may also be obtained by accessing its Internet server (https://www.usitc.gov). The public record for this investigation may be viewed 
on the Commission's electronic docket (EDIS) at https://edis.usitc.gov. 
Hearing-impaired persons are advised that information on this matter 
can be obtained by contacting the Commission's TDD terminal on 202-205-
1810.

SUPPLEMENTARY INFORMATION: The Commission instituted Inv. No. 337-TA-
963 on August 21, 2015, based on a complaint filed by AliphCom d/b/a 
Jawbone of San Francisco, California and BodyMedia, Inc. of Pittsburgh, 
Pennsylvania (collectively, ``Jawbone''). 80 FR 50870-71 (Aug. 21,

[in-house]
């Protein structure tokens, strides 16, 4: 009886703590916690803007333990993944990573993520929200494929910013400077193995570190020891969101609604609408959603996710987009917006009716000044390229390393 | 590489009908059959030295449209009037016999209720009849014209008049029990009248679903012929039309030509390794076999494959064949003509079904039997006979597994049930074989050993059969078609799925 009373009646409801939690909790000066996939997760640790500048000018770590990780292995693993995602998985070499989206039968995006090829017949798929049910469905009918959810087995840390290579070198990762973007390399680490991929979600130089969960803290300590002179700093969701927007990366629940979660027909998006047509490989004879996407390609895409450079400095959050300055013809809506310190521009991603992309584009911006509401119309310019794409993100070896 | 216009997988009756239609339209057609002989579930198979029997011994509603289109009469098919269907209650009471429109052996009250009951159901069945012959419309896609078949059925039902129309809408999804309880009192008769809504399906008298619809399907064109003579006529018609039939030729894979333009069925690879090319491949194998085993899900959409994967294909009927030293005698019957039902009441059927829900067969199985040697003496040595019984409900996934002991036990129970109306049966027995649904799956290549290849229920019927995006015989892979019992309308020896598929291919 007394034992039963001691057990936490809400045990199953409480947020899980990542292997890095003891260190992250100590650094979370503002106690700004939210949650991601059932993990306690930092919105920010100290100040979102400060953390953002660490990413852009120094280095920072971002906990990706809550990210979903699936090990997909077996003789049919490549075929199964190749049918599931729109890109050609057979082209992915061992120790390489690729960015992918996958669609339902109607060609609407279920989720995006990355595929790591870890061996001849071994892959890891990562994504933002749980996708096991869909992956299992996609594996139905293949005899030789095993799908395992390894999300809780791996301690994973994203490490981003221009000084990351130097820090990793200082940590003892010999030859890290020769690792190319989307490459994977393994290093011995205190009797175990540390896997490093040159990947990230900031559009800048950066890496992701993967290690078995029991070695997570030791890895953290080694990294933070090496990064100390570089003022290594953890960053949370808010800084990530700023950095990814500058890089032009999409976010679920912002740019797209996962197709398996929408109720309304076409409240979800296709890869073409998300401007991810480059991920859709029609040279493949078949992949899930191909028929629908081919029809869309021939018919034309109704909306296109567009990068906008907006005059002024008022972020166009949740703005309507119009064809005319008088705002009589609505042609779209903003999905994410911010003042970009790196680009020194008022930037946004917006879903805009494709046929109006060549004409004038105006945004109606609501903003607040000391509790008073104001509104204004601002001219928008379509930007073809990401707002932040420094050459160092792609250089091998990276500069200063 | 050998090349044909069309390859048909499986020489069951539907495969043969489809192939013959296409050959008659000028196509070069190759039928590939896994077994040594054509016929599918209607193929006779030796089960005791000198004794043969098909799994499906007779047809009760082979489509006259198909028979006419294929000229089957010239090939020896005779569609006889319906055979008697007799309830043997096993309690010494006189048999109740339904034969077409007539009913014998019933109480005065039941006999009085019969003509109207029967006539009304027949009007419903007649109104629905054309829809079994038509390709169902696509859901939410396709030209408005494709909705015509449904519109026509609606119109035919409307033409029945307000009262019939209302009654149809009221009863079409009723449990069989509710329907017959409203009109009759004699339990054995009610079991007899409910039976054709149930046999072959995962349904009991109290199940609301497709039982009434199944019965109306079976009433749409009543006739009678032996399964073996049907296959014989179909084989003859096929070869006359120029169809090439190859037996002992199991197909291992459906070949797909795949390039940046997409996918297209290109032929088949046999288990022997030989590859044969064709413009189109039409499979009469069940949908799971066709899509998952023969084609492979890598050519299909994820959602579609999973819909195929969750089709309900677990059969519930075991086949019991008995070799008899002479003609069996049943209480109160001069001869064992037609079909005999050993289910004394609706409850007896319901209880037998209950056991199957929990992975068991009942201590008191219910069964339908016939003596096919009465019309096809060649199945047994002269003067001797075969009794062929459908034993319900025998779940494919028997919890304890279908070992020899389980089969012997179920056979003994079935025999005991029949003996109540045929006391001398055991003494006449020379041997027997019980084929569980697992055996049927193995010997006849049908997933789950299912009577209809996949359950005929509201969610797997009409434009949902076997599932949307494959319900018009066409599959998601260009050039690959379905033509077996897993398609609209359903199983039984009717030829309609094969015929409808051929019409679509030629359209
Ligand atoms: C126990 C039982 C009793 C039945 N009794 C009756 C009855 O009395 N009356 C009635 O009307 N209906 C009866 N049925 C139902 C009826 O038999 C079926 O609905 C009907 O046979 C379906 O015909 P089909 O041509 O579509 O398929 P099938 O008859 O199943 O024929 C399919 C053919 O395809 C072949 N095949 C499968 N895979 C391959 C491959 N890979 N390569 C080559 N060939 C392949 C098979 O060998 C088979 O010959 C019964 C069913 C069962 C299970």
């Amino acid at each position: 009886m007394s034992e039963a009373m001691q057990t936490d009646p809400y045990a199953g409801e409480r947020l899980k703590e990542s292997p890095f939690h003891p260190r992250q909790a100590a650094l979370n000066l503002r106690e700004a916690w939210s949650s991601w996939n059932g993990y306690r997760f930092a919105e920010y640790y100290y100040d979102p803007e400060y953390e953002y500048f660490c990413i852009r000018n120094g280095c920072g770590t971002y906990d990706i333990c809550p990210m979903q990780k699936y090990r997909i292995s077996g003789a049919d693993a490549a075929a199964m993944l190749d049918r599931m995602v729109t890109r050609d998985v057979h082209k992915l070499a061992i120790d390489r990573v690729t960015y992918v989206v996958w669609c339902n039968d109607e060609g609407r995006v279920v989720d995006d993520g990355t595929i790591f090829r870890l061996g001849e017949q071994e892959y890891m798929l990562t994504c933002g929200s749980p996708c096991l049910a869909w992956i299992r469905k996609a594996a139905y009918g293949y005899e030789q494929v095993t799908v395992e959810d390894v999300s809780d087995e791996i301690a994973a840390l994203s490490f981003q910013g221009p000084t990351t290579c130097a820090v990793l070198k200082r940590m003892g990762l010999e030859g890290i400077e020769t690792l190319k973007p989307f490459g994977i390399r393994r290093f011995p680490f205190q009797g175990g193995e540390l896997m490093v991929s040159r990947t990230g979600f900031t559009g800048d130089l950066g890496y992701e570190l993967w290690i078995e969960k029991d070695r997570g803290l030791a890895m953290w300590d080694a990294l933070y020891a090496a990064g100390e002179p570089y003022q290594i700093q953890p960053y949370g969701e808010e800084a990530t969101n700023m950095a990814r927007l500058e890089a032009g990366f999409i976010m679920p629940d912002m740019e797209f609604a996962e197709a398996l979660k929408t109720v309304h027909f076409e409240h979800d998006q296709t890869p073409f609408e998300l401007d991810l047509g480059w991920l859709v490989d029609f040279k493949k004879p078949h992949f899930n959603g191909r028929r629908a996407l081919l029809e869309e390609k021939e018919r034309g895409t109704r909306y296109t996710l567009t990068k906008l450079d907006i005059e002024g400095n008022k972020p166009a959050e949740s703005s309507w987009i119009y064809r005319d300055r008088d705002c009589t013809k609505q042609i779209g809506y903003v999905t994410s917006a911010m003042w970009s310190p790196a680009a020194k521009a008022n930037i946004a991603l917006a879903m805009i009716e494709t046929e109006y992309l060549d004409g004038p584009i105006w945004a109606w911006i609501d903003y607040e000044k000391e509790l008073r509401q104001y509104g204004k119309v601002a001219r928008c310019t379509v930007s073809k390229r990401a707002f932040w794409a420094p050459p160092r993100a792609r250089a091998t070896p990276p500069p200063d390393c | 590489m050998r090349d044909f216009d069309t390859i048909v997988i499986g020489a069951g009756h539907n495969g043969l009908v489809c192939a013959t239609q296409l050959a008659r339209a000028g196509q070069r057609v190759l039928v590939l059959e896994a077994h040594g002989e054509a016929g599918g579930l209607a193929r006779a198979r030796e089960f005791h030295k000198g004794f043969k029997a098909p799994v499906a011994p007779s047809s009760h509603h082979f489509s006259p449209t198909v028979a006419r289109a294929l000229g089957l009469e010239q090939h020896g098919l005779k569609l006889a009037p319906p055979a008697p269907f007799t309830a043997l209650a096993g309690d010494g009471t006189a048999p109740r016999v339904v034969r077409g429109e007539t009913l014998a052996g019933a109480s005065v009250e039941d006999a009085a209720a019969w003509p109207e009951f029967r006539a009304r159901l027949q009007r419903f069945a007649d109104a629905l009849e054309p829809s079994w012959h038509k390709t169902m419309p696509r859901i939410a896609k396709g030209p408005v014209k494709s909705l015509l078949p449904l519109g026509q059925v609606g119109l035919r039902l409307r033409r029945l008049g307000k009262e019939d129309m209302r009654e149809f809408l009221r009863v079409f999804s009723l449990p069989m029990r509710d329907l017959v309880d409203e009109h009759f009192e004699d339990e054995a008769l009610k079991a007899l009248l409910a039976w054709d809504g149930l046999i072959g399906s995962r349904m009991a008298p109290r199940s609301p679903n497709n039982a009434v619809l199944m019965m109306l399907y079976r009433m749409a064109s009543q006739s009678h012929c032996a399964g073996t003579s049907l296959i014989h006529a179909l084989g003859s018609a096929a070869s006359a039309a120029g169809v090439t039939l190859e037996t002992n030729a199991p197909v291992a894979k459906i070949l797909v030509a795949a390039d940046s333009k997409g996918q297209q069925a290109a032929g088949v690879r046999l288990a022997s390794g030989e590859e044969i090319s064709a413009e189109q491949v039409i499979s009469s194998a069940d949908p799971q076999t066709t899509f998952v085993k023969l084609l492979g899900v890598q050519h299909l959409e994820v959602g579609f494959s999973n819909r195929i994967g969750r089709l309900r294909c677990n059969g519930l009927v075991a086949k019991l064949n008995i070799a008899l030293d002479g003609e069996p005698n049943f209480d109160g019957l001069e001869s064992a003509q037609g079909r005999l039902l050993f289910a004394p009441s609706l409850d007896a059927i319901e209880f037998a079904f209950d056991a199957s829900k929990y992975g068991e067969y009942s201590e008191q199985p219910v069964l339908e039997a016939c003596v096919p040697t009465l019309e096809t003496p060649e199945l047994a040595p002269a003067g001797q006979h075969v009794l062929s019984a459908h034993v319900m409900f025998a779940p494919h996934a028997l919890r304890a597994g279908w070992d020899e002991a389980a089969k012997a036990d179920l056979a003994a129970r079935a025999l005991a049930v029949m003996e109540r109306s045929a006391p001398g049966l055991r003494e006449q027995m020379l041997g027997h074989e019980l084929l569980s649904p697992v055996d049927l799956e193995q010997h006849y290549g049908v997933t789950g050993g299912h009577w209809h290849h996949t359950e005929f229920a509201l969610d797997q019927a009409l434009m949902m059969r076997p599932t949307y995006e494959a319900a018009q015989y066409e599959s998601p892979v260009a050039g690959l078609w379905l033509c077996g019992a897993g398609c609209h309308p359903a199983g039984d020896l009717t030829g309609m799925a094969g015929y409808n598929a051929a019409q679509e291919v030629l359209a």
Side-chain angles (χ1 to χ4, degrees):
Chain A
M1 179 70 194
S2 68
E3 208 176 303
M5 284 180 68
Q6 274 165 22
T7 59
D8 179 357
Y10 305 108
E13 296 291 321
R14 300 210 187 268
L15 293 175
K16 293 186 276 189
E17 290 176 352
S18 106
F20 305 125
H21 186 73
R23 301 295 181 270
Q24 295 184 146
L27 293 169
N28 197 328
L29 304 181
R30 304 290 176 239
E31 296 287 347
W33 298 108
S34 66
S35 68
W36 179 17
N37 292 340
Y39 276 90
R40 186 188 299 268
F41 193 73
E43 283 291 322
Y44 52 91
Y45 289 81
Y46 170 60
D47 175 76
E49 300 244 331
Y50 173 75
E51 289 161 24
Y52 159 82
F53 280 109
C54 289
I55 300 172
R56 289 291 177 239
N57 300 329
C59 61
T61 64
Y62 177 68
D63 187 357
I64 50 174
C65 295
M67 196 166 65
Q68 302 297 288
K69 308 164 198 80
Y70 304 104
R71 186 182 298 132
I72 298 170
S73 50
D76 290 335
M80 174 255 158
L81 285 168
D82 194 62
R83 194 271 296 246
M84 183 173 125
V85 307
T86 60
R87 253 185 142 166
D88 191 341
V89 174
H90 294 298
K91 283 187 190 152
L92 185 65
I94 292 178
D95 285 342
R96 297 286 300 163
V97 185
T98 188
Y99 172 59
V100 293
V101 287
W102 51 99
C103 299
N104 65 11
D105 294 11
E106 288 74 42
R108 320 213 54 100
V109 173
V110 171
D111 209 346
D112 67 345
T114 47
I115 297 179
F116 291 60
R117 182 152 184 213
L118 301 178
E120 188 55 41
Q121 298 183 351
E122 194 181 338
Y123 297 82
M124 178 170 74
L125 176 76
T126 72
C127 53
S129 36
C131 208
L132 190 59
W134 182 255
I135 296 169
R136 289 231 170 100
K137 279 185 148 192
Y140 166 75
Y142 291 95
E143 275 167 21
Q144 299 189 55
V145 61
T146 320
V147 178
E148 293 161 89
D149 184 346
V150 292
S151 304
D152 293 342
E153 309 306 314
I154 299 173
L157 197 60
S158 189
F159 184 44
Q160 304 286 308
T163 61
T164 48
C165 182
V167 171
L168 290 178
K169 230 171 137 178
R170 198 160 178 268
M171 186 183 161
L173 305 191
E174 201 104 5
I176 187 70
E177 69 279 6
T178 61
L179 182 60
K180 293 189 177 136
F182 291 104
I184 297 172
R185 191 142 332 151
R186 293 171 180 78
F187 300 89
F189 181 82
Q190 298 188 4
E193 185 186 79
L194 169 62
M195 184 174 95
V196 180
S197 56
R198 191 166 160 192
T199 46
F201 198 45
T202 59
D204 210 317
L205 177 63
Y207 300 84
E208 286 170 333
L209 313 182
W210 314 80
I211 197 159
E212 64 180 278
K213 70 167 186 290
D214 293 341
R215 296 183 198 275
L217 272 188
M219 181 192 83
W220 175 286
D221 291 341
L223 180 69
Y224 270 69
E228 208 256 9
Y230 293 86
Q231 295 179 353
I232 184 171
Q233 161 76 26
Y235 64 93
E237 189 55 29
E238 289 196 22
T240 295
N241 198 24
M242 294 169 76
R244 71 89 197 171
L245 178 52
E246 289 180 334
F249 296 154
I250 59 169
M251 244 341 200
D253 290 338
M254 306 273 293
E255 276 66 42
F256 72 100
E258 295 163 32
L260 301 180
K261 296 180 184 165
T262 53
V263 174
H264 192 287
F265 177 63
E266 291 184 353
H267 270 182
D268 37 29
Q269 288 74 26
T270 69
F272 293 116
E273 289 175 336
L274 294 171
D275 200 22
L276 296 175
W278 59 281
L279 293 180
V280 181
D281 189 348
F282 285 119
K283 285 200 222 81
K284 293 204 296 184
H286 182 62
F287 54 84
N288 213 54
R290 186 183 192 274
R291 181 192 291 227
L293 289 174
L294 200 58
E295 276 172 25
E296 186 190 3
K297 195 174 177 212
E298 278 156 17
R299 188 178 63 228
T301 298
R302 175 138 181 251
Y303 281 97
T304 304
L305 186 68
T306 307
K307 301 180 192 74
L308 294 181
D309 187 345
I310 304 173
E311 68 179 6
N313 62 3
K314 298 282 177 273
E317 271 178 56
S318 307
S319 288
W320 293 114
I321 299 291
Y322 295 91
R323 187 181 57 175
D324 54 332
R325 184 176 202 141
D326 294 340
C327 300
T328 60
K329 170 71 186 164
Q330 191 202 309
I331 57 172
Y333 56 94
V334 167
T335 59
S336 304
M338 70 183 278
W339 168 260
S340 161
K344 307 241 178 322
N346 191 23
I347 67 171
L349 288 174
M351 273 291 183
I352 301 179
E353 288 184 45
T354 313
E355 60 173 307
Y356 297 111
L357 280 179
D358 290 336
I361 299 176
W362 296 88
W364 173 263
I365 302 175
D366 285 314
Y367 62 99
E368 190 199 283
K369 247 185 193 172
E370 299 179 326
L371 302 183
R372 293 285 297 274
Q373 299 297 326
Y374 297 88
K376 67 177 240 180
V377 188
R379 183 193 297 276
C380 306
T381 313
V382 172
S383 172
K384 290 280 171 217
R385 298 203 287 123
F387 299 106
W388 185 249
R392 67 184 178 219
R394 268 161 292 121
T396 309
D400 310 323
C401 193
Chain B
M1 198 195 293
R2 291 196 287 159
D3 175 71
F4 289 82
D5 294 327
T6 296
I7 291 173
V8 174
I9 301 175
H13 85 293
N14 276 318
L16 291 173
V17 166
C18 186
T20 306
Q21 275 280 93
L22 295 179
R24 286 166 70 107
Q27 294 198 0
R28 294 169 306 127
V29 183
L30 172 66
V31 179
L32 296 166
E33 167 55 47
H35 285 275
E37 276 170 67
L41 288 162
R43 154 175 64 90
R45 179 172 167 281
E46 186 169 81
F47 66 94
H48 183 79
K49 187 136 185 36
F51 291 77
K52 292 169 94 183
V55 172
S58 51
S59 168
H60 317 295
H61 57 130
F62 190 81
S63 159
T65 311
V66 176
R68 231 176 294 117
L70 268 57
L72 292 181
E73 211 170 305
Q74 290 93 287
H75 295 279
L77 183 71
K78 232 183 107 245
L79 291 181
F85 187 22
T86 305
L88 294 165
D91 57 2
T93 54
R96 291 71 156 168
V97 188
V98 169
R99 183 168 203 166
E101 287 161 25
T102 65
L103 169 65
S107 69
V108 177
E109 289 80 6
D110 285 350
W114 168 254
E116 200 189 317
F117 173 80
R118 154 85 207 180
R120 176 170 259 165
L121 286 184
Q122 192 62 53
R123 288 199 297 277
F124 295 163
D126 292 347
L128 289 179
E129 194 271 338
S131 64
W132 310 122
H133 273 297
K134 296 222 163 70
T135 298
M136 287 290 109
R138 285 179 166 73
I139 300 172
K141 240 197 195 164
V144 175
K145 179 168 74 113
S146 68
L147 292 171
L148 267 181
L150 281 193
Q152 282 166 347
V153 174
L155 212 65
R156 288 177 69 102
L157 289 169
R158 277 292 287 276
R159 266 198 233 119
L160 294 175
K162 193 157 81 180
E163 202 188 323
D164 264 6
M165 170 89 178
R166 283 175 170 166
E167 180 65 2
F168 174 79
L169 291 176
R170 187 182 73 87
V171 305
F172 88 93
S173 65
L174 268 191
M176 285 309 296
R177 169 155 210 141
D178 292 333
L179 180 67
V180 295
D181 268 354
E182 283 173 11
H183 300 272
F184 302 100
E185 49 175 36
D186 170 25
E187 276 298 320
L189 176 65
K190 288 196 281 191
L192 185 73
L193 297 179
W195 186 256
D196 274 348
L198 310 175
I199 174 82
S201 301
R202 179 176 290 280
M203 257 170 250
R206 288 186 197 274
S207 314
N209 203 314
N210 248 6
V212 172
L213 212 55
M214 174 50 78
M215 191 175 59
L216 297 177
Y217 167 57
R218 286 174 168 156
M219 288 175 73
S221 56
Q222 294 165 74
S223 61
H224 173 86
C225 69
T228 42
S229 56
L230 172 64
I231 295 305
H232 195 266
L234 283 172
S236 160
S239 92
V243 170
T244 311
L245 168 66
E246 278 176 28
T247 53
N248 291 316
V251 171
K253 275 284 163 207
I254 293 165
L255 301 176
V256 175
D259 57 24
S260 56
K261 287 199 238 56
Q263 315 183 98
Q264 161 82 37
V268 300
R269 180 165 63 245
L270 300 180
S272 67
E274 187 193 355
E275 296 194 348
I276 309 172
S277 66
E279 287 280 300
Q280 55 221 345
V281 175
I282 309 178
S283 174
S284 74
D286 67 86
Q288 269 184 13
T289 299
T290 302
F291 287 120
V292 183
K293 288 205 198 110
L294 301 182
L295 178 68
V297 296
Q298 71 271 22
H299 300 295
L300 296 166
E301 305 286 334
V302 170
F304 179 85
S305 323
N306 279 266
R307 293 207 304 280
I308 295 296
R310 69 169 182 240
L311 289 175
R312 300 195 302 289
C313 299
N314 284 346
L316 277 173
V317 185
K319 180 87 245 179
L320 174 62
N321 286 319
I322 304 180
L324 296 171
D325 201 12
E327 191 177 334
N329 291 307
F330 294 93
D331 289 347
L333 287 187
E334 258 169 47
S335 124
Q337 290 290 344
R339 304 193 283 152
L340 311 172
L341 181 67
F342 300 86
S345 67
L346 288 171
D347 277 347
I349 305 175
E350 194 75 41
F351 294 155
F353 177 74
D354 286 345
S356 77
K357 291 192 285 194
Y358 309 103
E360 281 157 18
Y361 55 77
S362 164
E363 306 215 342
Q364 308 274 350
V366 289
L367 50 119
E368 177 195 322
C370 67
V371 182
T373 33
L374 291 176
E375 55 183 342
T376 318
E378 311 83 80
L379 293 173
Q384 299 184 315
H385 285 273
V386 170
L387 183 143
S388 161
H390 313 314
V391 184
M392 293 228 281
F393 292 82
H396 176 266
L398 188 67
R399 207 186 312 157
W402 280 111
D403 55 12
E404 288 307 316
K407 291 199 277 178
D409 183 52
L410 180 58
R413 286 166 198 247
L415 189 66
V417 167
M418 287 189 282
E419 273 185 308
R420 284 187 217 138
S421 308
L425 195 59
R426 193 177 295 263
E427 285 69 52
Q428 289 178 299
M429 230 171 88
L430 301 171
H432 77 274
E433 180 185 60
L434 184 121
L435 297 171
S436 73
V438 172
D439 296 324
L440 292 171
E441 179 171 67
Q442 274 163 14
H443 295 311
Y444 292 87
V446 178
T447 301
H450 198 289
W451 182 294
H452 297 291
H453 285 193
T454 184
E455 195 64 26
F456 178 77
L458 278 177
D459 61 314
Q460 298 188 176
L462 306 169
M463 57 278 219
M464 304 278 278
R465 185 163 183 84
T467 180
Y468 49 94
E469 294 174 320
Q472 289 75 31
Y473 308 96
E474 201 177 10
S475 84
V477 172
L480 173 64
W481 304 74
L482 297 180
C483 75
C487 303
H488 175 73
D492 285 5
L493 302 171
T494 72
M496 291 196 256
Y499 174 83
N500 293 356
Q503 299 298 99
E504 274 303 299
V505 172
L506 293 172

2015). The complaint alleges violations of section 337 of the Tariff 
Act of 1930, as amended (19 U.S.C. 1337), in the importation into the 
United States, the sale for importation, and the sale within the United 
States after importation of certain activity tracking devices, systems, 
and components thereof by reason of infringement of certain claims of 
U.S. Patent No. 8,529,811 (``the '811 patent); U.S. Patent No. 
8,398,546 (``the '546 patent); U.S. Patent No. 8,793,522 (``the '522 
patent); U.S. Patent No. 8,446,275 (``the '275 patent); U.S. Patent No. 
8,961,413 (``the '413 patent); and U.S. Patent No. 8,073,707 (``the 
'707 patent''). The complaint further alleges misappropriation of trade 
secrets, the threat or effect of which is to destroy or substantially 
injure an industry in the United States. The notice of investigation 
named the following respondents: Fitbit, Inc. of San Francisco, 
California (``Fitbit''); Flextronics International Ltd. of San Jose,